Not right now, at least. I just got home from my second to last class in INSDSG602 and I can’t believe the semester has gone by so fast! Three more classes to go and then I’m ready for my capstone, which is crazy to think about.
We went all out on Connectivism and MOOCs (Massive Online Open Courses) tonight, and I was finally able to stretch my legs and talk about modern learning theory, which I think resonates with a lot of my thoughts about learning. The first article on my RSS reader was about Wellesley starting MOOCs, so it was a sign I needed to get this post out of my system.
Strangely enough, my experience with MOOCs reflects my experience with Wellesley. Going to school right down the road, I would frequently bike through town and pass the campus. Many times I would tell myself, “I should ride through, it must be beautiful”, and EVERY TIME I chose to “just bike through” I would get lost and appear four hours later completely weary and befuddled. It’s not like I’m bad at directions, it’s just my personal Bermuda triangle.
I tried a MOOC before (the Stanford AI course), but it was right as I was starting my UMass classes and after a few weeks my schedule was too tight to continue. Those first weeks, though, were black holes in my life: I would arise hours later from the computer, wondering however I got to where I was on the internet.
I think a personal goal is very important for MOOCs, or else you get lost, or over exert yourself. Neither of these are bad things, if that’s your goal, but if your goal is to complete the course, you should treat it like a marathon and not a sprint.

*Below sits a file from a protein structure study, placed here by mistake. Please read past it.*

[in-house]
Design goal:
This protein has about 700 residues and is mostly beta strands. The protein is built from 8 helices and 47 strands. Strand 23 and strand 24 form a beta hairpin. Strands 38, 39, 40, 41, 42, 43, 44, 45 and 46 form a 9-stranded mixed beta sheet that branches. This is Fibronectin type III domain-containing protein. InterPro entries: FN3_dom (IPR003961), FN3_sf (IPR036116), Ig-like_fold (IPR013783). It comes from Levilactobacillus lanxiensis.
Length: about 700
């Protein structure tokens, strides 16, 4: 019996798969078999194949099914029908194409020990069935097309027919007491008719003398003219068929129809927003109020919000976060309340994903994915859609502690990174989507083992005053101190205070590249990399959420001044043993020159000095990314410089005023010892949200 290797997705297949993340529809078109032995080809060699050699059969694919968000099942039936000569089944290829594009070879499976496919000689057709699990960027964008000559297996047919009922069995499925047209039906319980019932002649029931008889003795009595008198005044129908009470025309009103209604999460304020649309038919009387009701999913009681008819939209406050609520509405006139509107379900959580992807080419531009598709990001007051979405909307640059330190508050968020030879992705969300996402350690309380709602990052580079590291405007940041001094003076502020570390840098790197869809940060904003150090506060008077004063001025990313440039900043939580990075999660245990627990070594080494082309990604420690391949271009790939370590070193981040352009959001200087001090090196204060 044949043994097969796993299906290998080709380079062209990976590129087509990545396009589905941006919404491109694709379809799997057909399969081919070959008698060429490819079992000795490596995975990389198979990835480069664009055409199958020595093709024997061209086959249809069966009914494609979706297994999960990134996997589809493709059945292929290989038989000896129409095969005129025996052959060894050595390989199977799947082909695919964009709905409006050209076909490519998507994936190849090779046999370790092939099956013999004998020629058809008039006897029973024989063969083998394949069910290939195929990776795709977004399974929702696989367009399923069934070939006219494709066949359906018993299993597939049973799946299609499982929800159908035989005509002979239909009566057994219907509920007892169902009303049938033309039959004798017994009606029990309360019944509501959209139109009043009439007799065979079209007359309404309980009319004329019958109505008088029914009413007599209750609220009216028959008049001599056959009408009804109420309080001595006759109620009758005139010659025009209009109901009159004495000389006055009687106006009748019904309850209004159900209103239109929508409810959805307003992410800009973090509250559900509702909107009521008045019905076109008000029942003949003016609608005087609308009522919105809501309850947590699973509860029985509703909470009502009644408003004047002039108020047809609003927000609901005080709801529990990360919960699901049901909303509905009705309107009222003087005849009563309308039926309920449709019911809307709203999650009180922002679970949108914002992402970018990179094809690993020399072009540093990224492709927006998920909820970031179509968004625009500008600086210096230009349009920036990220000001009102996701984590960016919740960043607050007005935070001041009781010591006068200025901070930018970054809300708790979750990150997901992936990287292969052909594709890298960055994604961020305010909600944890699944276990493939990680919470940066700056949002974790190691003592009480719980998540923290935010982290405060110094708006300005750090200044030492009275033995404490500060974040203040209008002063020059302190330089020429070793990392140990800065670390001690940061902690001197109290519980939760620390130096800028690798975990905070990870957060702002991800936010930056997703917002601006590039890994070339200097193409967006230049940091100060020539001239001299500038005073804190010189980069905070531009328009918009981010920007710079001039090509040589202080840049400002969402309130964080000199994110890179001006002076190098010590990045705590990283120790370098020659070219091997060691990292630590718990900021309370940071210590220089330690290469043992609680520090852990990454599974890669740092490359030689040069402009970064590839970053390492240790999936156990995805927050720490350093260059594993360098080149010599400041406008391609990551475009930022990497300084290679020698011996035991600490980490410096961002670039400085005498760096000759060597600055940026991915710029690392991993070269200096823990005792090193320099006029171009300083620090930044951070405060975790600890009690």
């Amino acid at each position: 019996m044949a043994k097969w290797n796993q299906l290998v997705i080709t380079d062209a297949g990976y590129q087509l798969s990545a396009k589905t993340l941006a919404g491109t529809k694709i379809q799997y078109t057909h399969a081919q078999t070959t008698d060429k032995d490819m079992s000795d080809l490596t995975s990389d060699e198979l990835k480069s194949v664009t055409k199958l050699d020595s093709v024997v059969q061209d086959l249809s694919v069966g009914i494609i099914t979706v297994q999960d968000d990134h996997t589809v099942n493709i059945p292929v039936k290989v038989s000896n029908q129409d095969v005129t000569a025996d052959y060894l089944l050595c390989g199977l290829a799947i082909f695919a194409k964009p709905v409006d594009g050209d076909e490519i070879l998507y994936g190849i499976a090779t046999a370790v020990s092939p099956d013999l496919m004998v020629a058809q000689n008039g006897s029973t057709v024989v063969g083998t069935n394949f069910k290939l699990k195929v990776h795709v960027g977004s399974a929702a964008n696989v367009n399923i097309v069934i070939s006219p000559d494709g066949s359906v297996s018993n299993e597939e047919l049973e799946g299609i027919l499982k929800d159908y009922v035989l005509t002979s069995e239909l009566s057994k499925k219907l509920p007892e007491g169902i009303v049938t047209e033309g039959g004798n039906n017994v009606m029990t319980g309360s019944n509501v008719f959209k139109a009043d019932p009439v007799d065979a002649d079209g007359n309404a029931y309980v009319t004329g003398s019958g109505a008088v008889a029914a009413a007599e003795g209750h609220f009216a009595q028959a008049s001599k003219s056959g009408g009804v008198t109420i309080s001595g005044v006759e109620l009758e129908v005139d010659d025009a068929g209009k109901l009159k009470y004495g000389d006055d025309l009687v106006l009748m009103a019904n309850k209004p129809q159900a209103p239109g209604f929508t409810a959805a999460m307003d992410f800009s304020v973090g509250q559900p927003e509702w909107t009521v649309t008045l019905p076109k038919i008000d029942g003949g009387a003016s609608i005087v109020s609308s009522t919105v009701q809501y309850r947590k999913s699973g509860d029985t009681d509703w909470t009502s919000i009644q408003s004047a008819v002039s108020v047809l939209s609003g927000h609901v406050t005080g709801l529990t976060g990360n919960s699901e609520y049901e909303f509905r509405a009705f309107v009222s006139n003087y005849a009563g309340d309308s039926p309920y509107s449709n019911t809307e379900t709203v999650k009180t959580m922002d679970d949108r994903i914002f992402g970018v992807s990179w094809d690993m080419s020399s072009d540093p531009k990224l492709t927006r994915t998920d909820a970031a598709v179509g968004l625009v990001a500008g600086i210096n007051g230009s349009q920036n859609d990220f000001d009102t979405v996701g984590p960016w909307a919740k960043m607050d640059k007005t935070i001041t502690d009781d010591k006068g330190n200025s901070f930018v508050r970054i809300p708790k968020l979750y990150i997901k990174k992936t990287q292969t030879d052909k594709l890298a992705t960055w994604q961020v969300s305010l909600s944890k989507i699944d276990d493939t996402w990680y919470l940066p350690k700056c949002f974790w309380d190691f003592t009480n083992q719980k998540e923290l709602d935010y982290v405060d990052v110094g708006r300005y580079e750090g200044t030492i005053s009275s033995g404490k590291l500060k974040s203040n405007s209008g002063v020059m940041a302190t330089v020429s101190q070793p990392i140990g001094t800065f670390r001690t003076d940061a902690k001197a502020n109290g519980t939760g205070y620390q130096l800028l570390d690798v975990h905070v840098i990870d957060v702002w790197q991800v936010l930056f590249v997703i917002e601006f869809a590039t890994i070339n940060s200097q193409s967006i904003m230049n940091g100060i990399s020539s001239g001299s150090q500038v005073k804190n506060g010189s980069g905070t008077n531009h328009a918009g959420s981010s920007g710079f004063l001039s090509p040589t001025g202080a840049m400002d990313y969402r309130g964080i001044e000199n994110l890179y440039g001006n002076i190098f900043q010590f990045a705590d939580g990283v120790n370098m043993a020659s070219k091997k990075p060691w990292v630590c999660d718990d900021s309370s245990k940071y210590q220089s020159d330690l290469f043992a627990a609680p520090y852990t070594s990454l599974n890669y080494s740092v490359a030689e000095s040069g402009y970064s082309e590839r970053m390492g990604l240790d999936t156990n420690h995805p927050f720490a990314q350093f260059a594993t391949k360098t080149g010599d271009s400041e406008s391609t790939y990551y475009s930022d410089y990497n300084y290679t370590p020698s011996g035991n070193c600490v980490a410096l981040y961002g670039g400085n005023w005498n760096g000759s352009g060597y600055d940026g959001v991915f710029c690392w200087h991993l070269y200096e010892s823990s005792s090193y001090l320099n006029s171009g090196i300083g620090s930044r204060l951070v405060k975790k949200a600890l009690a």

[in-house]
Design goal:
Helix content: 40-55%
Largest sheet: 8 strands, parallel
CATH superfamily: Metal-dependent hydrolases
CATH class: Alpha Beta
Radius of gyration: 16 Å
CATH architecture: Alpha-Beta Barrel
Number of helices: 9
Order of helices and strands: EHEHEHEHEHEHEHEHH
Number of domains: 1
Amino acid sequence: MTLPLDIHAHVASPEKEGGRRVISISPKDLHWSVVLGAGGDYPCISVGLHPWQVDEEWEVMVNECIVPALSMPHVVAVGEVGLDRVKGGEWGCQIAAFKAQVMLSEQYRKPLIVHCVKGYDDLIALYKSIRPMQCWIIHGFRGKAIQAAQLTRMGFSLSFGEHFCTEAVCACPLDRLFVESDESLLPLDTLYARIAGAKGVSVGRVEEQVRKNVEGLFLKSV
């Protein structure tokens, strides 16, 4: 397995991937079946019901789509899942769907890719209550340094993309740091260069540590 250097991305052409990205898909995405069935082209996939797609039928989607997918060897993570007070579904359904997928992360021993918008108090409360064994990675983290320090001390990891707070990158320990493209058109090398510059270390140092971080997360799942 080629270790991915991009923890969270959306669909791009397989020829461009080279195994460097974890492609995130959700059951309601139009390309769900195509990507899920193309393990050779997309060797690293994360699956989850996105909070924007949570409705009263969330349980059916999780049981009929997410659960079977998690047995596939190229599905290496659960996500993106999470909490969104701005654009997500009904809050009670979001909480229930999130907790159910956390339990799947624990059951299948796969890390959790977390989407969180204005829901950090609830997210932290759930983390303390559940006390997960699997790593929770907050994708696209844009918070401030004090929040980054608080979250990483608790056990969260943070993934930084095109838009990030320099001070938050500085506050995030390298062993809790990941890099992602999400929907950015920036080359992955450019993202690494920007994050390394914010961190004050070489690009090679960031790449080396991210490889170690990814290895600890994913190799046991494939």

After a well-deserved break for Thanksgiving, I decided to jump back into the swing of things and talk about transformative learning, which we covered the week before. My favorite part was the activity: where we discussed with the person next to us about something we wanted to change and all the questions we should ask ourselves as to how to make that happen: who are our supporters and what is holding us back.
A big thing that stuck out to me was that they mentioned these transformative moments as these large things that occur, such as a sudden illness or a great message brought to you. But to me, sometimes those moments come in a murmur, very quietly. They could be a pattern of murmurs that causes you to change, or something that is very quiet but unsettling. I find those more powerful than the large life changing moments for me.
I finally feel like I got over the hurdle this week. I was working like crazy with work and school and I feel that I can finally catch my breath. I probably shouldn’t say that too loud, else the Universe is listening.